How many times I have addressed this issue when marketing a home for sale here in Denver I cannot say. In the old days neighbors would band together to water and mow the front yards of abandoned, or even properties that were in foreclosure. Some folks do run into financial issues, and my experience here in Denver has been 2 fold: a. they appreciate the help or b. they bury their heads even further hoping things will fix themselves. Either way, a neighborly offer of help may be the most appropriate way of approaching the folks involved. You might even find they could use help from someone like myself (introductions appreciated).
A home that isn’t being maintained like others in the neighborhood can negatively affect your visual sense of appeal and in some extreme cases, even affect property values. It might be an overgrown yard, a fence in need of repair, excessive noise, unruly pets, paint peeling on the home or even a car or boat parked in front of the home that hasn’t moved in weeks.
Most people want to be good neighbors and may be willing to correct an issue once it is brought to their attention. A practical but possibly, confrontational solution is to contact the responsible person and describe your perception of the issue. However, they may not always agree with the same urgency and it might be necessary to seek other remedies.
An owner-occupant may be more sympathetic to the neighbors and willing to correct the issue. If you think the home might be a rental property, check with the county tax records or me, to identify the owner. They may be unaware of the situation and welcome the notification to protect their investment.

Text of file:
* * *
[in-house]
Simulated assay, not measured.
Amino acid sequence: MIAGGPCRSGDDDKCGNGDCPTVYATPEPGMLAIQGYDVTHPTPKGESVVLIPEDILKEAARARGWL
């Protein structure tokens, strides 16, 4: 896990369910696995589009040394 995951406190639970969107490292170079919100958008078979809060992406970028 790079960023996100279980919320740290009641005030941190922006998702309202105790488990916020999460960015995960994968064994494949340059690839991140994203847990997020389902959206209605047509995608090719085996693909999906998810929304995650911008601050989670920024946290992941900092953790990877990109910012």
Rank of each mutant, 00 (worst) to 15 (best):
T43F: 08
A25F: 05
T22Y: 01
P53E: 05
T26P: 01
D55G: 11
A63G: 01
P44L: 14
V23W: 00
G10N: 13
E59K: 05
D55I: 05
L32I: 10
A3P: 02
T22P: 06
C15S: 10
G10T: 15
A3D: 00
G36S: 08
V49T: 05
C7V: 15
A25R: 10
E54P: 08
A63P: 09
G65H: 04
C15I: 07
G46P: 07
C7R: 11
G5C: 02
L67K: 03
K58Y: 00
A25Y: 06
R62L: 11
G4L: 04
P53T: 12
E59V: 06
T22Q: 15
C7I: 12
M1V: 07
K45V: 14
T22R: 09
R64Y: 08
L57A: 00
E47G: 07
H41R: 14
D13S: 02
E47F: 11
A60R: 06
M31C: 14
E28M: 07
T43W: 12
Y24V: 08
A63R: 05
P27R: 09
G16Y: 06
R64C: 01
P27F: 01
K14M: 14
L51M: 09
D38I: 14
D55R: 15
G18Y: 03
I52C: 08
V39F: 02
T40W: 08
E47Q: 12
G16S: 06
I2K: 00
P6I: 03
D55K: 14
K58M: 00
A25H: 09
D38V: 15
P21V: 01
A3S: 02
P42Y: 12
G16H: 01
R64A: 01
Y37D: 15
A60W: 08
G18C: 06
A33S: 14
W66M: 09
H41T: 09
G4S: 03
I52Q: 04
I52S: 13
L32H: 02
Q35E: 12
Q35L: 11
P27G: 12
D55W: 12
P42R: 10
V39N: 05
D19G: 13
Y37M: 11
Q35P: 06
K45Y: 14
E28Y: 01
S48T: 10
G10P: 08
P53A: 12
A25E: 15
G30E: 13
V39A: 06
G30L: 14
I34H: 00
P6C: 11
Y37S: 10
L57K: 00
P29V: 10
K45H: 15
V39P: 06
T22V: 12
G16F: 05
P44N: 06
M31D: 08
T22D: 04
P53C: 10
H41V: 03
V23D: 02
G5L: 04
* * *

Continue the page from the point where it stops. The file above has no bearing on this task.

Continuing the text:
Another alternative might be to notify the homeowner’s association, if there is one. One of the benefits of a HOA is to enforce community appearance standards as set in the covenants or bylaws that specify how properties must be maintained. This could be a less personal method of reaching a beneficial outcome.
If the source of the problem is a code or housing violation, the city may be the ultimate authority. Most cities have a separate code and neighborhood services division and some cities have 311 for non-emergency assistance.
Talk to your neighbor first! We had a barking dog out back and she barked well into the early morning hours in our quiet suburban neighborhood of Denver. The past 5 years there was nothing like this from the dog but my blood was boiling! When I called I had calmed down and the neighbor explained his son had fallen off a roof, broken his neck, and they had been spending their days and nights at the hospital, never thinking about the dog. They apologized and I almost ate my hat!a So before you turn them in to the authorities here in Denver, or any other part of the world, be neighborly and talk to them first.